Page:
The interview gave 20/20 its highest ratings in 15 years, and catapulted Jenner, a former Olympic hero and reality TV star, into a new kind of stardom as an unofficial spokesperson for transgender people.
It also was an impeccably groomed preview of her upcoming reality series, which launches on E! in July.
Jenner's eight-part "docuseries" is expected to further thrust her life as transgender woman into the mainstream, doing what Will & Grace and Ellen did for the gay community in the 90s, and what The L Word and Queer Eye for the Straight Guy continued to do in the the early 2000s.
The mainstream visibility of trans stories is a part of a larger trend, says transgender actress Michelle Hendley.
"There has definitely been momentum building up over past couple of years with trans rights movement," said Hendley, who stars in the coming-of-age romantic comedy Boy Meets Girl.
But the 24-year-old Missouri-born actress says Jenner's seemingly sudden change fails to represent the real journey trans people take when embracing their gender identities.- VIDEO | 'Caitlyn's story is not typical,' says transgender actress
"Transition for a lot of people is a slow methodical process and takes a lot of time and it's very expensive," explains Hendley, who documented her transition on YouTube.
She also says depictions of trans people should focus on the emotional changes, instead of the outer appearances.
"[Jenner] and other trans people who come out publicly are embracing who they are," she says, "and that's more powerful than any makeup or beauty shoot they do."
Changing in the public eye
Lucas Silveira, the Canadian musician best known as the frontman of the alternative rock band The Cliks, was the first transgender man to be signed to a major label.
He was also the first trans man voted "Sexiest Canadian Man" in a reader poll by music magazine ChartAttack.com in 2009.
Despite receiving international recognition, Silveira says transitioning in the public eye hasn't been easy.
"It was very different than I thought it was going to be," explains Silveira, who started hormone therapy about six years ago.
"A lot of people talk about when you transition to male, you gain privilege. But I live a very public life, so a lot of that privilege was actually taken away," he said.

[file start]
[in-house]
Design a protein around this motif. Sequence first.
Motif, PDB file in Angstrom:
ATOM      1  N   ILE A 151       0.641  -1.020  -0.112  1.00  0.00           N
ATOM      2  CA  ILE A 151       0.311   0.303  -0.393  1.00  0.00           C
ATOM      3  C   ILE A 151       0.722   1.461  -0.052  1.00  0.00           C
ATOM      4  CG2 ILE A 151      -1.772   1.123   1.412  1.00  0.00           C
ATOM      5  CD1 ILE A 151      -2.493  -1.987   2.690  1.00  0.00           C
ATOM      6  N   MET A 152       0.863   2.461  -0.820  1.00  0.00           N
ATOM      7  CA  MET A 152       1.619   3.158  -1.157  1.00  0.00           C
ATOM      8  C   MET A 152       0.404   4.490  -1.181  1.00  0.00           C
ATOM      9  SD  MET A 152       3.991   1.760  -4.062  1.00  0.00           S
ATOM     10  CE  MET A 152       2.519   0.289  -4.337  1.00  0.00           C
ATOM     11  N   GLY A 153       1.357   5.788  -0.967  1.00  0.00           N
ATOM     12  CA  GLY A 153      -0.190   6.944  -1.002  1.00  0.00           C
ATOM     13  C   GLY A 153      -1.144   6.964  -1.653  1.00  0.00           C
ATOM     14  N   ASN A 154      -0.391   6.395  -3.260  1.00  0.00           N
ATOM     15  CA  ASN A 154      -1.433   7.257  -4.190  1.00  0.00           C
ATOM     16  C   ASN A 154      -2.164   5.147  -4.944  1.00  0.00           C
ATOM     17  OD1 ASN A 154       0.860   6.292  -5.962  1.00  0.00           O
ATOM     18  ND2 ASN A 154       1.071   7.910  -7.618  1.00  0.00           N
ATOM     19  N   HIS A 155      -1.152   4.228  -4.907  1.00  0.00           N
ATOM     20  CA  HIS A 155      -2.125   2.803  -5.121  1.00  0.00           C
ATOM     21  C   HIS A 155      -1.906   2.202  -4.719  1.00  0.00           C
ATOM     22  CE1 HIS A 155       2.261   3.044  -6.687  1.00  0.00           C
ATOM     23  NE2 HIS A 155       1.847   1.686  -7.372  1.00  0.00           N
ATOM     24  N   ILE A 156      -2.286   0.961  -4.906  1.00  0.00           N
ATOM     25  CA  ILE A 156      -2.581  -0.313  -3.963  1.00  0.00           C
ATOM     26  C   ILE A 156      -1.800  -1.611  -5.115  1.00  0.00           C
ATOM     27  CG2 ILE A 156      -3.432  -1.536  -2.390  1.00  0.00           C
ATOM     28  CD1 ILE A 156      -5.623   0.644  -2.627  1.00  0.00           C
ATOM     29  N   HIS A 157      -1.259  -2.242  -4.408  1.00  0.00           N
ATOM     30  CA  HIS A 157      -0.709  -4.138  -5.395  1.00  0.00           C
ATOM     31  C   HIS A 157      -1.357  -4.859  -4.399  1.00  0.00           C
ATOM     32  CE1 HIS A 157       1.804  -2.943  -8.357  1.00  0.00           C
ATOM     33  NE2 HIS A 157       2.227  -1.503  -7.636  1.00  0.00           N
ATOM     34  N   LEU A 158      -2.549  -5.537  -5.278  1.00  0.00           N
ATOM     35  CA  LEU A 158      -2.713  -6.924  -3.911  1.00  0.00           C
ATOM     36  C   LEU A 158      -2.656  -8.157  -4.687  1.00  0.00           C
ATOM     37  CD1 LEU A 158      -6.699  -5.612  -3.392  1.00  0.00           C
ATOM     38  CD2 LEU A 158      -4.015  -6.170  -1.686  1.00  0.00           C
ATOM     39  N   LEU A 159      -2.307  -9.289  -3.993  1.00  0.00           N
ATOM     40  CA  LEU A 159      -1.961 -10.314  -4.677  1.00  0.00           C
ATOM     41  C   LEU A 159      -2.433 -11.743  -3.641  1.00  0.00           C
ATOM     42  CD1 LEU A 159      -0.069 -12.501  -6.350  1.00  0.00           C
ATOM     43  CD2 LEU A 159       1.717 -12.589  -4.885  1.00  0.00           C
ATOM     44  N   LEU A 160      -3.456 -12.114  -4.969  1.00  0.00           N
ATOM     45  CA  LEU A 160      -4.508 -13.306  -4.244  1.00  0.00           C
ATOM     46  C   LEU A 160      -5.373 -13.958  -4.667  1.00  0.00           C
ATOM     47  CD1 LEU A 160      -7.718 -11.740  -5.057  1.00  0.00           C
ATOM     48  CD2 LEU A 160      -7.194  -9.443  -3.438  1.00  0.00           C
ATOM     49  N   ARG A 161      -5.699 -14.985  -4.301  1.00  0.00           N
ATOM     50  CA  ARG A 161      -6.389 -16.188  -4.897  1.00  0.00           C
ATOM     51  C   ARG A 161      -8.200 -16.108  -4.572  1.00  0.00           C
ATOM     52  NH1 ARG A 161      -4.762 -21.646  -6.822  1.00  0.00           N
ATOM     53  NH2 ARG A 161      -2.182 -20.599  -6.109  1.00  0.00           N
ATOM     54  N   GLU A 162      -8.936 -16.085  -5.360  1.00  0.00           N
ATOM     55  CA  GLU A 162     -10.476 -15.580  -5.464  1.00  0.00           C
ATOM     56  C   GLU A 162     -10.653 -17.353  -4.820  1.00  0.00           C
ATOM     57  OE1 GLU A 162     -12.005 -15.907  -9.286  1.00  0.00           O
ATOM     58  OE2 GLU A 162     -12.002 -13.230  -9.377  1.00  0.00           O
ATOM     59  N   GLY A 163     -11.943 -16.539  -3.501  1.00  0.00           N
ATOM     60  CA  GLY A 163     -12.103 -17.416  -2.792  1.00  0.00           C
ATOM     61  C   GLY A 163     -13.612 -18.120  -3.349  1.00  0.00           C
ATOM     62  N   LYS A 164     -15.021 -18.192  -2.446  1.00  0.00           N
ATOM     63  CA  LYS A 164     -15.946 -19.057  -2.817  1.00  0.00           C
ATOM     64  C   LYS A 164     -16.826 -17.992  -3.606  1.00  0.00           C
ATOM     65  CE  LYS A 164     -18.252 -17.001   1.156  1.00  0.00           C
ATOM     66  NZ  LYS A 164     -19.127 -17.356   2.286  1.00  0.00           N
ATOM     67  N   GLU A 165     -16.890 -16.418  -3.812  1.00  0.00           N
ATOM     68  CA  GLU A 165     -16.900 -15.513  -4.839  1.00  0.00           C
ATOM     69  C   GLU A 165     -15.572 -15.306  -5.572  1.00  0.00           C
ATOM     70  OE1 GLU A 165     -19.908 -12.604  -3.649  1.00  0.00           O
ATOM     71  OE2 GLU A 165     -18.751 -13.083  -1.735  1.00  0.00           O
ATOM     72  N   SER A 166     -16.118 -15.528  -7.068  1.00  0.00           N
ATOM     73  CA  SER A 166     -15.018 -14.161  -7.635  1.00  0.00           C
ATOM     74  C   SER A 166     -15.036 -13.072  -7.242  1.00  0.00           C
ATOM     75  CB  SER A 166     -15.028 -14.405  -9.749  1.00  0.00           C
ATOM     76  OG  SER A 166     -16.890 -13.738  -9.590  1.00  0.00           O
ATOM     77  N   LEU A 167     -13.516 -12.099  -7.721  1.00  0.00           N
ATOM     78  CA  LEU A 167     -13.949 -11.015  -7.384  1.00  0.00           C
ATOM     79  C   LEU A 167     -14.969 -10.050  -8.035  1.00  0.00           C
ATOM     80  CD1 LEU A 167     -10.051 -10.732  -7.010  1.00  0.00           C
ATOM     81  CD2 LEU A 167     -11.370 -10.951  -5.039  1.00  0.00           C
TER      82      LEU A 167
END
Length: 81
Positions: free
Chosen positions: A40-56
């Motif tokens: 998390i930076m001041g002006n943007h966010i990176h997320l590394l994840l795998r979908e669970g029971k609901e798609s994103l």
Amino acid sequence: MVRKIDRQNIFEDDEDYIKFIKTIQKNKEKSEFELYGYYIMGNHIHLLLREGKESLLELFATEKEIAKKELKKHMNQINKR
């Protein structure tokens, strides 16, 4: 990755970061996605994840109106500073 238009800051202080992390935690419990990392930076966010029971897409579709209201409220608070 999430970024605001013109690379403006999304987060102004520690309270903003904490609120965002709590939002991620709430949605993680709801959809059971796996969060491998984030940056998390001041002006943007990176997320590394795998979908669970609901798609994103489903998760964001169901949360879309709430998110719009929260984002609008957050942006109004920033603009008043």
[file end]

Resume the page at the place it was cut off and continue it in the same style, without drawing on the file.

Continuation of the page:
"I lost a lot of my fan base that was queer and lesbian, because I think they started feeling like they couldn't identify with me."
When it comes to identifying with representations of trans people on television, the Toronto-based artist says it's important for creators to expand their focus beyond what he calls the "narrow-minded sect of trans life": white men becoming women.
"This is why I love Orange is the New Black so much," says Silveira, "because of the character Laverne Cox plays." Cox plays a black, transgendered woman on the Netflix prison series.- VIDEO | Laverne Cox on Orange is the New Black and blazing trails
"To me, she's been one of the greatest representations of the trans narrative, because it doesn't speak always to the same one that we always see."
Dramas like Orange is the New Black and the acclaimed series Transparent are leading the way in an increasingly trans-positive TV landscape.
This summer, ABC Family will premiere Becoming Us, an unscripted show that chronicles the life of 17-year-old Ben Lehwald of Evanston, Ill. as his father Charlie transitions to become Carly.
The TLC cable network is premiering a series about a transgender 14-year-old called I am Jazz on July 15, and in April Discovery Life aired New Girls on the Block about a group of transgender friends in Kansas City.
This Friday, Netflix will premiere the global dramatic thriller Sense8 which features transgender actress Jamie Clayton in the main role.
The series was created in part by the Wachowski siblings, the movie-making duo behind Bound and the Matrix trilogy.
Lana Wachowski, one half of the American filmmaking two-some, became the first major Hollywood director to come out as transgender.
But offscreen, with transgender people who aren't rich and famous still facing rejection, unemployment, even high suicide rates, the road to equality might still be bumpy.
"We always talk about the pretty parts," says Silveira, "we don't talk about all the struggles people go through."Suggest a correction